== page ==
I read this in a class with a lot of people who love Victorian novels, and almost everyone hated it. By general consensus it was dry and featured an unlikeable main character. For this reason, I wouldn't recommend it to many people. Nevertheless, I generally enjoyed it. It wasn't as good as Jane Eyre or Villette, but I am glad I read it.

It is a love story, and as such, I thought it succeeded. What most people saw as dry, I saw as sparse, unsentimental narration. I thought it made the love story a little more original and fresh for me. Though if this sort of storytelling isn't for you, I definitely wouldn't read it.

The other problem that most people have with this is the character of William Crimsworth. At times, he is a chauvenist and a racist. These are difficult aspects to overcome for many.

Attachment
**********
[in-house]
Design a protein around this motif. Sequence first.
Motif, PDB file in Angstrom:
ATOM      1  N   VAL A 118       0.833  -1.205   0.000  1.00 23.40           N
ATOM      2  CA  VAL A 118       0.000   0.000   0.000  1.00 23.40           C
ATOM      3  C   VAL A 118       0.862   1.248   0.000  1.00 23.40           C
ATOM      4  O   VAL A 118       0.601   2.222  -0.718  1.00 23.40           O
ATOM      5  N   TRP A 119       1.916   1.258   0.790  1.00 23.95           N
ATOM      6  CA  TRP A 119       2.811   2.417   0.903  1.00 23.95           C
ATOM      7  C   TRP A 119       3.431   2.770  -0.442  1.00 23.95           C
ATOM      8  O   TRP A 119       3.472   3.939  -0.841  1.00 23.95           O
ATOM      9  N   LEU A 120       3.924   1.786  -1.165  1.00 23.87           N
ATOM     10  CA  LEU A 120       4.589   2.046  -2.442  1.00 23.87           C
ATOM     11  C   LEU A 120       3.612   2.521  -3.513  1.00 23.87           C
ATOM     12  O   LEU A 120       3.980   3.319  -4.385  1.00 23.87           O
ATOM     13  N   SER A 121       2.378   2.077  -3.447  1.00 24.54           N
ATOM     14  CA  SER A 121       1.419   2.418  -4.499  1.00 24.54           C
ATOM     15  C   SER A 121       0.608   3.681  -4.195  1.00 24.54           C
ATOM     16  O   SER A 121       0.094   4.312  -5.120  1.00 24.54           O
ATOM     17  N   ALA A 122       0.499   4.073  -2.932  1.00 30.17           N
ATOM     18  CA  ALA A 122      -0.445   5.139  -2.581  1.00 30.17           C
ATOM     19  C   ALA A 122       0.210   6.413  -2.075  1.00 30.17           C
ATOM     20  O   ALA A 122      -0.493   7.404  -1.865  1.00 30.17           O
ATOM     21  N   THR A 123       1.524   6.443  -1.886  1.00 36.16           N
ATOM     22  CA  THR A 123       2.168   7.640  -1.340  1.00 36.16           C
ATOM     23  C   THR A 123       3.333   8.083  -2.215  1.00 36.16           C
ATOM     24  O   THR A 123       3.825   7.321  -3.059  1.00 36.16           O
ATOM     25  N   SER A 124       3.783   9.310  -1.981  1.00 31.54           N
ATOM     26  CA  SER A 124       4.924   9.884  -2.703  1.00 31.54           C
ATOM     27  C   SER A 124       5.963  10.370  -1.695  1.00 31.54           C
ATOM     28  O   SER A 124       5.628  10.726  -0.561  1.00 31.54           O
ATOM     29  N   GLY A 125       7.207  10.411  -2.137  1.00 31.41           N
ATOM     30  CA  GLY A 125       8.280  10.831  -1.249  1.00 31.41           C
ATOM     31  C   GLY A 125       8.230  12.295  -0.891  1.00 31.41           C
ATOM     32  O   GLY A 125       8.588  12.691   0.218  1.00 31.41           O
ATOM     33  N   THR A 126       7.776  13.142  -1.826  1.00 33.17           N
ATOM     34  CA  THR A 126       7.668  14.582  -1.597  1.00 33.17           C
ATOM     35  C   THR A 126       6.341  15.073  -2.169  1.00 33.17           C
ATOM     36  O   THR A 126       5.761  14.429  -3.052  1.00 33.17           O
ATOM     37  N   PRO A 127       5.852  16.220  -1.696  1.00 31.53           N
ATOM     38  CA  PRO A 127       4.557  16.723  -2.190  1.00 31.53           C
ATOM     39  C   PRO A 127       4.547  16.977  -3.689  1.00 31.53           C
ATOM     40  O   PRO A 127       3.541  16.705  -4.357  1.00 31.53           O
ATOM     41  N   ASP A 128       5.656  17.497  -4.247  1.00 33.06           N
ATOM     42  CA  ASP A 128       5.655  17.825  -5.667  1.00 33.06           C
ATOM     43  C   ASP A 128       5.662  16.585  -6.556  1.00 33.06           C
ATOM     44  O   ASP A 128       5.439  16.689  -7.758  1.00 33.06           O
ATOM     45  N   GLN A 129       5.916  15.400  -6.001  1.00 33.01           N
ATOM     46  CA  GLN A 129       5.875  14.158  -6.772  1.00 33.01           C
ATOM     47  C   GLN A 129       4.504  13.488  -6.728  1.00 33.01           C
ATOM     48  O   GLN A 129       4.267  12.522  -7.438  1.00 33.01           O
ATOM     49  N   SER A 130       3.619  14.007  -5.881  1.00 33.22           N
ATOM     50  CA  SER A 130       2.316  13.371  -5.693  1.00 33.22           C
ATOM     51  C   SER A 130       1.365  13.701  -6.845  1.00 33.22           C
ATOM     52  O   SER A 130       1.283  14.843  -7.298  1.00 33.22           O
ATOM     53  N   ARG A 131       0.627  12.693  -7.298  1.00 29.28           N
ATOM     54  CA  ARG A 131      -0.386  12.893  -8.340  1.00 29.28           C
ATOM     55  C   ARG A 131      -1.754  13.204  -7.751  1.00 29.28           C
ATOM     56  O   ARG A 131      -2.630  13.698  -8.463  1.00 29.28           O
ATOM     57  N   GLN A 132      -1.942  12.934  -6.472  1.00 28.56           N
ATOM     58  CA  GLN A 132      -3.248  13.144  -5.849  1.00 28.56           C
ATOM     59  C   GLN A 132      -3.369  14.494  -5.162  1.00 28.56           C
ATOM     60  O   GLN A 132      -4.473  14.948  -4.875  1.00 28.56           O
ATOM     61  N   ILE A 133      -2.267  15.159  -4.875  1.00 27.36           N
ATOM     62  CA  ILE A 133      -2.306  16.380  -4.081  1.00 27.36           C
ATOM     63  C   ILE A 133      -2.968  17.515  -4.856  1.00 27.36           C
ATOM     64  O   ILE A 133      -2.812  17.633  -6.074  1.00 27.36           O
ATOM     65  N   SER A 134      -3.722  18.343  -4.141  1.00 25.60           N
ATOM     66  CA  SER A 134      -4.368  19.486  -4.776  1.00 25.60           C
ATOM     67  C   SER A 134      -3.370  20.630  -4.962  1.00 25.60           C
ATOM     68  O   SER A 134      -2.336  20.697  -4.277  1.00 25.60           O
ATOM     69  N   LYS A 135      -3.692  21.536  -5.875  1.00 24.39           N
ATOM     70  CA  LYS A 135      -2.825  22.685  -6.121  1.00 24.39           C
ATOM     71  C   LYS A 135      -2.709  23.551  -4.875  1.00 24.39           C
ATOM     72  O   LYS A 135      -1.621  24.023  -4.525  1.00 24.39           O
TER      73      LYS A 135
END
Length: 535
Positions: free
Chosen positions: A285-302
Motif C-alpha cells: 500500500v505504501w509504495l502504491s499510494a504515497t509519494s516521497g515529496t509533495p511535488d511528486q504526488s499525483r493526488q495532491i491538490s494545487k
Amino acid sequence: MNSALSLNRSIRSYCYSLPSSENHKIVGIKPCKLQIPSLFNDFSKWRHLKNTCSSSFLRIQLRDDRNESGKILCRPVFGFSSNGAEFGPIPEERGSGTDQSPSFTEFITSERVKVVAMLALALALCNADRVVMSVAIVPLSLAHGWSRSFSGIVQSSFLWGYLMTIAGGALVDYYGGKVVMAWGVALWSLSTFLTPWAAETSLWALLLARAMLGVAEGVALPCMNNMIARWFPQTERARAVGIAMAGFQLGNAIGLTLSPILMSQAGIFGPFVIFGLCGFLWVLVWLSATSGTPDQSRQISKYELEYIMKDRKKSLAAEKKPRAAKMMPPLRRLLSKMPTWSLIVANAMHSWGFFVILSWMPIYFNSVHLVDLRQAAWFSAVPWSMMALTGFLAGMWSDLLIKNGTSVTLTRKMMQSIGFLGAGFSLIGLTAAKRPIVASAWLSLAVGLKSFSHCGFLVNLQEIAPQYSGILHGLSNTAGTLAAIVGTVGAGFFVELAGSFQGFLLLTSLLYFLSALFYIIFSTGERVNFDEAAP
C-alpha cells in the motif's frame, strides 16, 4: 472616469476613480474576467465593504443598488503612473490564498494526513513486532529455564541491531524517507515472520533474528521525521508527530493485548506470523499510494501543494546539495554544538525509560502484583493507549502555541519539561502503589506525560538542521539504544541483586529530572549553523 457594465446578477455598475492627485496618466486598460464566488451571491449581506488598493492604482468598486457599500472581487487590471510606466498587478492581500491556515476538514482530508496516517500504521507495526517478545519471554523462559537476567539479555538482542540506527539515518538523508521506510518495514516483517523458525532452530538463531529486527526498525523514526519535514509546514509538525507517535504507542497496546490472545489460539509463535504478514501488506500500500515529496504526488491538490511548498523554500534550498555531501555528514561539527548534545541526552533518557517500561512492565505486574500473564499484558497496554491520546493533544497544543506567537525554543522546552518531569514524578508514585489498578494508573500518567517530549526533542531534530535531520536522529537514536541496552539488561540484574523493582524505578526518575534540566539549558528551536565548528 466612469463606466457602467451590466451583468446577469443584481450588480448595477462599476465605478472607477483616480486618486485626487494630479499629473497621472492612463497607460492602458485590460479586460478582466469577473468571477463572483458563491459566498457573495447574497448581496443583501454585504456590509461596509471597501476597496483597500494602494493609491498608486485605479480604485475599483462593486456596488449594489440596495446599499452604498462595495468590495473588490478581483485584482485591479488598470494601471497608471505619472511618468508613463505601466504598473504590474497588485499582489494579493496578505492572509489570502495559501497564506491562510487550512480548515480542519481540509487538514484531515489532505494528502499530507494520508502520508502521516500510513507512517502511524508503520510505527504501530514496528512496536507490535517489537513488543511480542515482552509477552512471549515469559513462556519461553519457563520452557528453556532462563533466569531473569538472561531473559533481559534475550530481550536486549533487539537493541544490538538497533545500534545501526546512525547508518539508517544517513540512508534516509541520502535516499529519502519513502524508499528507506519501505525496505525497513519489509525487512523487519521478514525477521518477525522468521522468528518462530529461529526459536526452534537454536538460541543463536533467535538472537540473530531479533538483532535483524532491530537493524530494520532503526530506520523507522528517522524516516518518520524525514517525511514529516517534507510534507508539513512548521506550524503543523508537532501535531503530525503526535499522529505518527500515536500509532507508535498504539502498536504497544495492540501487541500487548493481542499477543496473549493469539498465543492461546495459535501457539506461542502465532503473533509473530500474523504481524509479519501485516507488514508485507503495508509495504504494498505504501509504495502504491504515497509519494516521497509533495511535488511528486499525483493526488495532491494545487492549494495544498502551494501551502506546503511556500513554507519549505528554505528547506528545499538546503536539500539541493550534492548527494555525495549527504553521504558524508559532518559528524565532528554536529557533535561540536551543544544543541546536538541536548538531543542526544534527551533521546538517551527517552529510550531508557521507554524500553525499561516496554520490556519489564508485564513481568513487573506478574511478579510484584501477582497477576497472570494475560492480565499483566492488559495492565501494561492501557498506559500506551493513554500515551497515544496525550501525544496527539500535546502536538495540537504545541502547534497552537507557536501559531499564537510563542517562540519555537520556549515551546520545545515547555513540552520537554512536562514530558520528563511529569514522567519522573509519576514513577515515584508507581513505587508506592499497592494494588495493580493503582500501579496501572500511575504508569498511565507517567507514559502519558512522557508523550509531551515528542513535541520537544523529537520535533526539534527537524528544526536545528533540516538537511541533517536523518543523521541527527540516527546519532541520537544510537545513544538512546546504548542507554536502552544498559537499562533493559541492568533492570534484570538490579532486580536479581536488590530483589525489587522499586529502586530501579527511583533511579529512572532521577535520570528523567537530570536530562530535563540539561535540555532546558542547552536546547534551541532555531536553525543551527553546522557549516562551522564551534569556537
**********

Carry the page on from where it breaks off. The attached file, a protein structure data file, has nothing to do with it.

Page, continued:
I think there are two ways to see the novel. First, it can be seen as a decent love story between a flawed man and a woman who may offer him redemption. I don't think this is a totally unenjoyable way to read it. You could also see it as a satire on the chauvenistic, supposedly self-reliant Crimsworth. It's probably a little more successful if you see it this way. If you don't like it one way, look at it from the other. Don't read this novel before Jane Eyre or Villette, but this can be a pretty good read.